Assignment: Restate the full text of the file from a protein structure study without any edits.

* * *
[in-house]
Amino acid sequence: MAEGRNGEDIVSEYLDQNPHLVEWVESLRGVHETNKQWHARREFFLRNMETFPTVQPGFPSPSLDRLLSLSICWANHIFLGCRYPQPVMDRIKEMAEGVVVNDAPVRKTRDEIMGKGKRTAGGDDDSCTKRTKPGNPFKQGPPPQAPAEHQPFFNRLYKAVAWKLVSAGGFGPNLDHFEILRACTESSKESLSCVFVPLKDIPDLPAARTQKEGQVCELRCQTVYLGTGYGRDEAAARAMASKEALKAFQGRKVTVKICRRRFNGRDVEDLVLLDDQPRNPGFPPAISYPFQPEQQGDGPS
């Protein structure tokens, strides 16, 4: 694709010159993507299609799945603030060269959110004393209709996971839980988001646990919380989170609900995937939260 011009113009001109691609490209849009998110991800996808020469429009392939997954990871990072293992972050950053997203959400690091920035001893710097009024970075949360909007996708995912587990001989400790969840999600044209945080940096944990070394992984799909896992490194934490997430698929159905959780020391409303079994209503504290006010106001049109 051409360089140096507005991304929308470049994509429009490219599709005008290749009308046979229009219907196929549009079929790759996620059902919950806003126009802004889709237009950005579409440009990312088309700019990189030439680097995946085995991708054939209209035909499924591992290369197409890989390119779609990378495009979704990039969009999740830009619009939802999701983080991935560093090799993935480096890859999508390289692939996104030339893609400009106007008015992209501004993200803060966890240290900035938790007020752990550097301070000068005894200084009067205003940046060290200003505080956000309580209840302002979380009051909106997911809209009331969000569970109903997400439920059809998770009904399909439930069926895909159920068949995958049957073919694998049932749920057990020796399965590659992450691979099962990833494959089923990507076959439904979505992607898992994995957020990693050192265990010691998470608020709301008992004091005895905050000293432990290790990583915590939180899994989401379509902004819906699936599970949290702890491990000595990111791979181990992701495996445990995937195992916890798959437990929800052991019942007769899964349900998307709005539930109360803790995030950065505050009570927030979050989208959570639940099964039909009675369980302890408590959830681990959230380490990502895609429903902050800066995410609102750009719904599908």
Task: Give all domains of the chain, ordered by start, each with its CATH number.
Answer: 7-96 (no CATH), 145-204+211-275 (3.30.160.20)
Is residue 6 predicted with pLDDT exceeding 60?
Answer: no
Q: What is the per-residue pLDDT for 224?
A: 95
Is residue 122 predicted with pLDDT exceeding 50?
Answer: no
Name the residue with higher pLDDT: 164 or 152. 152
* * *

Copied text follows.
[in-house]
Amino acid sequence: MAEGRNGEDIVSEYLDQNPHLVEWVESLRGVHETNKQWHARREFFLRNMETFPTVQPGFPSPSLDRLLSLSICWANHIFLGCRYPQPVMDRIKEMAEGVVVNDAPVRKTRDEIMGKGKRTAGGDDDSCTKRTKPGNPFKQGPPPQAPAEHQPFFNRLYKAVAWKLVSAGGFGPNLDHFEILRACTESSKESLSCVFVPLKDIPDLPAARTQKEGQVCELRCQTVYLGTGYGRDEAAARAMASKEALKAFQGRKVTVKICRRRFNGRDVEDLVLLDDQPRNPGFPPAISYPFQPEQQGDGPS
């Protein structure tokens, strides 16, 4: 694709010159993507299609799945603030060269959110004393209709996971839980988001646990919380989170609900995937939260 011009113009001109691609490209849009998110991800996808020469429009392939997954990871990072293992972050950053997203959400690091920035001893710097009024970075949360909007996708995912587990001989400790969840999600044209945080940096944990070394992984799909896992490194934490997430698929159905959780020391409303079994209503504290006010106001049109 051409360089140096507005991304929308470049994509429009490219599709005008290749009308046979229009219907196929549009079929790759996620059902919950806003126009802004889709237009950005579409440009990312088309700019990189030439680097995946085995991708054939209209035909499924591992290369197409890989390119779609990378495009979704990039969009999740830009619009939802999701983080991935560093090799993935480096890859999508390289692939996104030339893609400009106007008015992209501004993200803060966890240290900035938790007020752990550097301070000068005894200084009067205003940046060290200003505080956000309580209840302002979380009051909106997911809209009331969000569970109903997400439920059809998770009904399909439930069926895909159920068949995958049957073919694998049932749920057990020796399965590659992450691979099962990833494959089923990507076959439904979505992607898992994995957020990693050192265990010691998470608020709301008992004091005895905050000293432990290790990583915590939180899994989401379509902004819906699936599970949290702890491990000595990111791979181990992701495996445990995937195992916890798959437990929800052991019942007769899964349900998307709005539930109360803790995030950065505050009570927030979050989208959570639940099964039909009675369980302890408590959830681990959230380490990502895609429903902050800066995410609102750009719904599908």
Task: Give all domains of the chain, ordered by start, each with its CATH number.
Answer: 7-96 (no CATH), 145-204+211-275 (3.30.160.20)
Is residue 6 predicted with pLDDT exceeding 60?
Answer: no
Q: What is the per-residue pLDDT for 224?
A: 95
Is residue 122 predicted with pLDDT exceeding 50?
Answer: no
Name the residue with higher pLDDT: 164 or 152. 152